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Wisconsin State Natural Areas Program Baileys Harbor Boreal Forest And Wetlands (No. 284)

Baileys Harbor Boreal Forest And Wetlands

Photo by Thomas A. Meyer


Overview

Location

Door County. T30N-R28E, Sections 2, 11, 14. T31N-R28E, Section 35. 846 acres.

Description

Description

Baileys Harbor Boreal Forest and Wetlands contains a unique and diverse landscape, influenced by the local climate along the northeastern coast of the Door Peninsula. Cooler springs and summers, warmer falls and winters, and reduced evaporation rates have allowed northern species and a boreal forest to thrive here, far south of their normal range. Balsam fir and white spruce dominate the forest, which grades into northern wet-mesic forest of white cedar, white pine, paper birch, and hemlock. Many orchids and rare plants find refuge in the forest. The natural area protects over 1.5 miles of undeveloped Lake Michigan shoreline. An extensive alkaline rockshore, or bedrock beach, is exposed during periods of low lake levels. Uncommon plants thrive on the open dolomite flats. The forested communities support a wide variety of birds associated with boreal habitats, including yellow-bellied flycatcher, Blackburnian warbler, and merlin. Migratory shorebirds and waterfowl are attracted to the undeveloped shoreline. This area is one of the few known nesting sites in Wisconsin for the common goldeneye, a diving duck that nests in forest tree cavities. Baileys Harbor Boreal Forest and Wetlands is owned by the DNR and was designated a State Natural Area in 1995. In 2013, the DNR dedicated a new unit to honor Wisconsin conservationist and long-serving Natural Resources Board member, Jonathan Ela. The Jonathan P. Ela Unit will serve as a living reminder to current and future generations of Wisconsinites that the beautiful landscapes, plentiful fish and wildlife, clean air and fresh waters require informed and persistent action by each of us, working together, at every opportunity.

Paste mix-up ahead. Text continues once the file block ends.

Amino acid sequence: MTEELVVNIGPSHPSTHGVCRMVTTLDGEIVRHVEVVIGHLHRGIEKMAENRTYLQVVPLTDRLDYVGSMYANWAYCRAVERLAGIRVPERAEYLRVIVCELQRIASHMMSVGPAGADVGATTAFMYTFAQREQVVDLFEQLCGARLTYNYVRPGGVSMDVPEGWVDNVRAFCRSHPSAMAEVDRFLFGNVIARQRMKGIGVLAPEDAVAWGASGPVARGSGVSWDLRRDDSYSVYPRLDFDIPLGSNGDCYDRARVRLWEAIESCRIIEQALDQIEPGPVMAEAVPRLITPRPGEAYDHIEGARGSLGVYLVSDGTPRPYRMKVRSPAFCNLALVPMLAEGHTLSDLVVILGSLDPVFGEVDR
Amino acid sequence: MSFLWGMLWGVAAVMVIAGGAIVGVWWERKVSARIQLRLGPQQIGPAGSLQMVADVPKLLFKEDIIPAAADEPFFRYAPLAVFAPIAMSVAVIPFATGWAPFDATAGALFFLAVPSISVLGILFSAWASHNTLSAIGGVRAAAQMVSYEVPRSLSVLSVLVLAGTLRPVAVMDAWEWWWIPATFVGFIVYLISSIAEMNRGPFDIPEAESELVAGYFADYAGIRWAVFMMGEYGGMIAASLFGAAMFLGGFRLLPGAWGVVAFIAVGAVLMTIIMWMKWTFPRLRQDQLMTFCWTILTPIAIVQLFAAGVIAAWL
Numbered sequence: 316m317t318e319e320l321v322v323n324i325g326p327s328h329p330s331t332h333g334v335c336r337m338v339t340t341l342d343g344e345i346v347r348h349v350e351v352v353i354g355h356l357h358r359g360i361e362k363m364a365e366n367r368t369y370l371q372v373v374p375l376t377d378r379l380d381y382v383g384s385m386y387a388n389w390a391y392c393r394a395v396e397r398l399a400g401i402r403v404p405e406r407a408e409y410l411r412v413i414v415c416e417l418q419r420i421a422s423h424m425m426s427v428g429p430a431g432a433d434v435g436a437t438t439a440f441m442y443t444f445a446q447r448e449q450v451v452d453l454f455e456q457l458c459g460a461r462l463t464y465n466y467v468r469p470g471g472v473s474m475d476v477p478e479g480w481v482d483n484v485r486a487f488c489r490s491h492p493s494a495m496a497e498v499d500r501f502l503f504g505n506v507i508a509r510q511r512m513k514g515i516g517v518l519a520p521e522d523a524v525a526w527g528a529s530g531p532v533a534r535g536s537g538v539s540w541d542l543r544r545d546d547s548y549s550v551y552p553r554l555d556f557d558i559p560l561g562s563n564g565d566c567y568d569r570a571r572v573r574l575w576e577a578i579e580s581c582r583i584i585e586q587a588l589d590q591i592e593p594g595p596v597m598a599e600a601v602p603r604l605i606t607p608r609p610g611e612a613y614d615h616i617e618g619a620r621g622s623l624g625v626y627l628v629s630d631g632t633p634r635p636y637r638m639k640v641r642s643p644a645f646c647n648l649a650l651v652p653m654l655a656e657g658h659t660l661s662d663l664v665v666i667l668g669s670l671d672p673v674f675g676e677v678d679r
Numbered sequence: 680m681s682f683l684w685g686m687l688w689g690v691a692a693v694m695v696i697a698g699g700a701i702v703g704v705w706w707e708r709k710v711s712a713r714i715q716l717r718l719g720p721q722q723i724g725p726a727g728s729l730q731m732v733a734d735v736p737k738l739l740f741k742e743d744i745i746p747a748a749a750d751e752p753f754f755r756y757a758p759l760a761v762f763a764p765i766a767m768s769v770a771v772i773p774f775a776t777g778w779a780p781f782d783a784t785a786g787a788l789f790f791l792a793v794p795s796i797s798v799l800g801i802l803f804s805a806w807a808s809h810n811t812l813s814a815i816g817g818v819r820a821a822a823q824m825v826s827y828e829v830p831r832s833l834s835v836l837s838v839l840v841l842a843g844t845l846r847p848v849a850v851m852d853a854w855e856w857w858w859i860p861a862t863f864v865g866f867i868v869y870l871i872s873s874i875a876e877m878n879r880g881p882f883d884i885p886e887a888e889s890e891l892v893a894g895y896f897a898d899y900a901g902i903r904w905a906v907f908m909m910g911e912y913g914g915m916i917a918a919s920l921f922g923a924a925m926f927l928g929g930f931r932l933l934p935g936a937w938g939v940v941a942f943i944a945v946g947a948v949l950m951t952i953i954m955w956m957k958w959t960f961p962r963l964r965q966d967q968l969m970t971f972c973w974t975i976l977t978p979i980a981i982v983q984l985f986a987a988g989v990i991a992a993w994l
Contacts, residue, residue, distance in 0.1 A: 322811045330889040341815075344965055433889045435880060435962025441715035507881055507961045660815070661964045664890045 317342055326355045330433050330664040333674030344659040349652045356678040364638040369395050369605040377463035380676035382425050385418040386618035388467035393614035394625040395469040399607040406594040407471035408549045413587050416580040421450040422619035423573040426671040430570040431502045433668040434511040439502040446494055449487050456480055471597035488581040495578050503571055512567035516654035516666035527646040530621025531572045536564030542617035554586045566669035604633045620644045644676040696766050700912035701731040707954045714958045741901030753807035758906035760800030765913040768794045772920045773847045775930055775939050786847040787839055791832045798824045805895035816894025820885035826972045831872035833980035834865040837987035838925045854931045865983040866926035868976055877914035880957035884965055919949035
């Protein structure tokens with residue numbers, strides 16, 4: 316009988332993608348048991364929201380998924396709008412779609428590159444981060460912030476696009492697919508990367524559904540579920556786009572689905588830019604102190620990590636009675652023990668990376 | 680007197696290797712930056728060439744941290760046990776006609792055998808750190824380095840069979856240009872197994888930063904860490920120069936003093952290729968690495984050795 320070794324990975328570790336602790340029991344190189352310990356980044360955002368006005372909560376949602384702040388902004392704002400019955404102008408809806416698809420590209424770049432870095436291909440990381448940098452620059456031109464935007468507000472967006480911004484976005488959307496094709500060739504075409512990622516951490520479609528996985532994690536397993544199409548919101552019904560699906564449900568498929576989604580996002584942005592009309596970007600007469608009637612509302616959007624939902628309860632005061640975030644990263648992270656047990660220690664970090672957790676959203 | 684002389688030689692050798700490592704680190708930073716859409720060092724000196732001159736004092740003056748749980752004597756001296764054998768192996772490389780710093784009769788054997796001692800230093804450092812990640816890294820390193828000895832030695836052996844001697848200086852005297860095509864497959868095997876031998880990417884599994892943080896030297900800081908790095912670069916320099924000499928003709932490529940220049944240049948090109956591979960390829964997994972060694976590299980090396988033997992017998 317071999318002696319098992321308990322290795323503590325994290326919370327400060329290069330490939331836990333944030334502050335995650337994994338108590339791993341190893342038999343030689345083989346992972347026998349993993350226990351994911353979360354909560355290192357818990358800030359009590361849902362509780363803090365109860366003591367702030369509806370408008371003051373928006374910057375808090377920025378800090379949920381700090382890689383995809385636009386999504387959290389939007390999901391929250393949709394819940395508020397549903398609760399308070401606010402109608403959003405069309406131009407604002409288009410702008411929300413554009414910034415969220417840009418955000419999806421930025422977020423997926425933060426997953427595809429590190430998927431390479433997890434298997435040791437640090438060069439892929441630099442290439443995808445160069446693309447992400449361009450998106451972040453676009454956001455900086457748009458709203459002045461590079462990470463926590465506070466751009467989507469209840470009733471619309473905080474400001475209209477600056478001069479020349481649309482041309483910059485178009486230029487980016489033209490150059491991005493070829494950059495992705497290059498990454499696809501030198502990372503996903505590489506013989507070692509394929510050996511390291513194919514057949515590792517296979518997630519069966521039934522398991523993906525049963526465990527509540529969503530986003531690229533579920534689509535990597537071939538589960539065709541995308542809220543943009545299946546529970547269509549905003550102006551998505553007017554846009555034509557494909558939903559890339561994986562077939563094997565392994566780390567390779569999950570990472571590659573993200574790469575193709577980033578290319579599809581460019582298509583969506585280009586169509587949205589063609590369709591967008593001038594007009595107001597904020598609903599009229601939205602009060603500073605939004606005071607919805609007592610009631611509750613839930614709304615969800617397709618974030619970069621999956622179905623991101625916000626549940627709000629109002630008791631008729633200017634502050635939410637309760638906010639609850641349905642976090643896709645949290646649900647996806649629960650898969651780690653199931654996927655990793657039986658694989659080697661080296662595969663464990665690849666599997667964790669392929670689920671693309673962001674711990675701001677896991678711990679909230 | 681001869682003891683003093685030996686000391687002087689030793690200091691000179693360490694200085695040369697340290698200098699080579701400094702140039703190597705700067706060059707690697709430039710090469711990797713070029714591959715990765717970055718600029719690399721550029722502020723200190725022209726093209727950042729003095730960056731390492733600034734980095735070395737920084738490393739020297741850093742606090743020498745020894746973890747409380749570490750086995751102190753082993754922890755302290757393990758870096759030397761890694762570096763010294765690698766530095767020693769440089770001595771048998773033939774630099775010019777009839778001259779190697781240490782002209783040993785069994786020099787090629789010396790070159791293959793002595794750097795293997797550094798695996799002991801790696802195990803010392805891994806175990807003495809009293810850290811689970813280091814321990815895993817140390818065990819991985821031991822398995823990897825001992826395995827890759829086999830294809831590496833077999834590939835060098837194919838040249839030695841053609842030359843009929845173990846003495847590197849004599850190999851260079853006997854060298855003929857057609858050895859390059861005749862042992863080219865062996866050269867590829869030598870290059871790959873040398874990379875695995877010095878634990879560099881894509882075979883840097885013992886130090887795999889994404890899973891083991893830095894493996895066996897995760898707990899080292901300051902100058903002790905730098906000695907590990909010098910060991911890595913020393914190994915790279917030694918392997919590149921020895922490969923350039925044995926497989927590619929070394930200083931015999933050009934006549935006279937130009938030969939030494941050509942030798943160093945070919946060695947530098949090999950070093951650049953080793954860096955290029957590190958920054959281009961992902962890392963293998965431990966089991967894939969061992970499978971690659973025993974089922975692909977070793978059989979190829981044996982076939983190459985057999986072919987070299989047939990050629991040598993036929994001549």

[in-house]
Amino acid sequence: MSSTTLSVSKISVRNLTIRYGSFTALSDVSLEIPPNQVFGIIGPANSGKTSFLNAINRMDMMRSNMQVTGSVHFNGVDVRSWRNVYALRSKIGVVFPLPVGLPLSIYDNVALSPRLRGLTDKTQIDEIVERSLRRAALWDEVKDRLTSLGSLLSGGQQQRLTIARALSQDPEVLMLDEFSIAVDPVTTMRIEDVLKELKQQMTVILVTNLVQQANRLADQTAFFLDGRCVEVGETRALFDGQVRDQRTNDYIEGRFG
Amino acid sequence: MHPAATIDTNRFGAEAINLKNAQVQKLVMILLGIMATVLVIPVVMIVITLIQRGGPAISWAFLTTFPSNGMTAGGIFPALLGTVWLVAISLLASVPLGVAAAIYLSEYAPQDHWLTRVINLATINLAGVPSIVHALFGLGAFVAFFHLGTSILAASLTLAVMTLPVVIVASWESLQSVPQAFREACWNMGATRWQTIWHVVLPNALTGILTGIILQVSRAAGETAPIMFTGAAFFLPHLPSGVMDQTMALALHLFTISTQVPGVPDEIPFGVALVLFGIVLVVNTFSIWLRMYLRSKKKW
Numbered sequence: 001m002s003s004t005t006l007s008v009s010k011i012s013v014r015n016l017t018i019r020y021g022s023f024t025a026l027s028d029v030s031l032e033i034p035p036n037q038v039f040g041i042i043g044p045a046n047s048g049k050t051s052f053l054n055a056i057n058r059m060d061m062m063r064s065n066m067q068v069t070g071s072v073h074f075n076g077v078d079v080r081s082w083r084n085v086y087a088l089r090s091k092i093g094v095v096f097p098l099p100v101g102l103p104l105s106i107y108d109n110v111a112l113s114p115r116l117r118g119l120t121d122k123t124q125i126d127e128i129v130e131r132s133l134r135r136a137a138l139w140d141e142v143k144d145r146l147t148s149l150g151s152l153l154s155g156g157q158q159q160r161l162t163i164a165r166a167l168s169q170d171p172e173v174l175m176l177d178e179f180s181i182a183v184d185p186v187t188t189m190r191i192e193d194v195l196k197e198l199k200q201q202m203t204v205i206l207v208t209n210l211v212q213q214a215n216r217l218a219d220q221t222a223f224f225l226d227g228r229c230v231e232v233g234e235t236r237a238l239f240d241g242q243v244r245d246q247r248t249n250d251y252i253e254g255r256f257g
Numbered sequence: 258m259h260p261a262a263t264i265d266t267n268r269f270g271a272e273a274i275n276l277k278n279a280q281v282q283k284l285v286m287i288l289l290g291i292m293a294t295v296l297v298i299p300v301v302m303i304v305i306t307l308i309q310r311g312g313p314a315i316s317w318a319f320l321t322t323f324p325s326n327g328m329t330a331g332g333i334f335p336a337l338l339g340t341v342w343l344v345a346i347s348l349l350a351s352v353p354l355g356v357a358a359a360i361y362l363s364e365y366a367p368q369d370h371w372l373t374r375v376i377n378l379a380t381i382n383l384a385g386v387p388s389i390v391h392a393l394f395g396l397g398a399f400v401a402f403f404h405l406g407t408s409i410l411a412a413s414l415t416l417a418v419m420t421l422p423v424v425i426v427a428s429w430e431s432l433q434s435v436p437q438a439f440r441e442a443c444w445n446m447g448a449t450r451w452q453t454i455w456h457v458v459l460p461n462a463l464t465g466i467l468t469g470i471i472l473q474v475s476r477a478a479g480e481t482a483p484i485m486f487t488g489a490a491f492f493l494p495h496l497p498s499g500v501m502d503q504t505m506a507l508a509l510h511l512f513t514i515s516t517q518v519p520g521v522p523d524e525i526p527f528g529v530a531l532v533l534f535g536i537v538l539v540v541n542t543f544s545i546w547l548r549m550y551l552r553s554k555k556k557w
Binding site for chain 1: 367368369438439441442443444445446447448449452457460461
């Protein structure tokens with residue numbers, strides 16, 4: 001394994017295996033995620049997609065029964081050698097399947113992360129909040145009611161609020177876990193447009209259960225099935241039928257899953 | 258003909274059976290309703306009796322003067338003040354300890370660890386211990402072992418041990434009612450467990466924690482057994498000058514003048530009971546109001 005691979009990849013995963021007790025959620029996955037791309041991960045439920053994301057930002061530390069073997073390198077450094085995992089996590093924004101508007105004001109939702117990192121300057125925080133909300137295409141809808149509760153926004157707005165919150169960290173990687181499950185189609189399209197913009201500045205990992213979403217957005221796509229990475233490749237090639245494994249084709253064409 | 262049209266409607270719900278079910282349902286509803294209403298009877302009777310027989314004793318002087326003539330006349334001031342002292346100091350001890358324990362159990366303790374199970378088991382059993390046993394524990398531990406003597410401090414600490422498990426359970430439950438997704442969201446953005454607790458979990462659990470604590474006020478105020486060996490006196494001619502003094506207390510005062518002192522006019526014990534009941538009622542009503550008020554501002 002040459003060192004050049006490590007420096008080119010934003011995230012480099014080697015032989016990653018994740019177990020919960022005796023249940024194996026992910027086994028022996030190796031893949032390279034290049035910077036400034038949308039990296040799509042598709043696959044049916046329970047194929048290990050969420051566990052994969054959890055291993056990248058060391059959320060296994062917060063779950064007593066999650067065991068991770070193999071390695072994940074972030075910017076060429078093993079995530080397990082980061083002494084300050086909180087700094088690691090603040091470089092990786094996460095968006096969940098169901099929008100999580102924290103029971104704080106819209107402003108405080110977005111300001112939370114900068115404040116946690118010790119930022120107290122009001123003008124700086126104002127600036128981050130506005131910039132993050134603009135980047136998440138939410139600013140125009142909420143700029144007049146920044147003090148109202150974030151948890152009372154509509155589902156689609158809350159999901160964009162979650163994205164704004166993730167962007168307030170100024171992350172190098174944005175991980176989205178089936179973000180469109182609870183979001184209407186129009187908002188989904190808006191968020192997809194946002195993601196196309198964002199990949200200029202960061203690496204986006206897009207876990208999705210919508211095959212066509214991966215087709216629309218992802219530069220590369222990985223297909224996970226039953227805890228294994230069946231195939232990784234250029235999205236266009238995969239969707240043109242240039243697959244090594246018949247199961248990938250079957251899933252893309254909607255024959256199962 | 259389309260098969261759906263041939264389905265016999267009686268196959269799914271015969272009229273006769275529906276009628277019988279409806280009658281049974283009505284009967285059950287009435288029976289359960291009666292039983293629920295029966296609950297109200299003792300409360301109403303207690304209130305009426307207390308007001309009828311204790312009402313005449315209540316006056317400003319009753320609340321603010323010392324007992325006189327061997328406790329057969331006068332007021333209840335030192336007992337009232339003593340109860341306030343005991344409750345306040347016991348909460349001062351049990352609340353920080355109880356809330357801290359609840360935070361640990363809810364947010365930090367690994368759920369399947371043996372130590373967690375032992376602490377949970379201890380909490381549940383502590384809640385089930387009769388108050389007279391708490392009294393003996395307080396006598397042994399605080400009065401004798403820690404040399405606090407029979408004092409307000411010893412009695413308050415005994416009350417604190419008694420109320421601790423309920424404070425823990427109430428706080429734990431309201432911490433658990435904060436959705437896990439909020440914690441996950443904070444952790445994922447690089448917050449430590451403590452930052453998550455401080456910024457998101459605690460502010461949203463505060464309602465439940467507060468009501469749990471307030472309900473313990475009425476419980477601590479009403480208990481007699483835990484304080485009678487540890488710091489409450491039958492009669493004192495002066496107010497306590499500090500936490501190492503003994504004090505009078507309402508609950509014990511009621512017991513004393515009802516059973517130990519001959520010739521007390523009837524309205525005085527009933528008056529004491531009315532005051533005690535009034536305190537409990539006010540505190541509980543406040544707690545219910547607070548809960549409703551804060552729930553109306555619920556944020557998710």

Access

Driving directions

From the intersection of State Highway 57 and County Highway Q north of Baileys Harbor, go northeast on Q 3.4 miles, then south (right) on West Cana Island Road 1 mile, then east on East Cana Island Road 0.9 miles to a DNR parking lot north of the road. Undesignated footpaths lead north into the natural area. Or continue east on East Cana Island road 0.24 miles, then north on Cana Cove Road 0.3 miles to a cul-de-sac. Park and walk north into the natural area. High lake levels may make access from the cul-de-sac a challenge. Alternatively, from the Highway 57/County Q intersection, go northeast on Q 4.4 miles to a gated DNR access lane marked with a State Natural Area sign east of the road and just south of Birch Road (45.112916, -87.068457). Park along Birch Road, cross Highway 57 and walk east into the natural area along the lane. Undesignated footpaths intersect the access lane in a few places. There are two private residences at the end of the access lane; please do not trespass on private property. For water access, from Q and West Cana Island Road, go south on West Cana Island Road 1 mile, then continue south on Bues Point Road 0.24 miles to a boat launch on Moonlight Bay.

Ownership

Baileys Harbor Boreal Forest And Wetlands is owned by:

  • WDNR
  • Private

Maps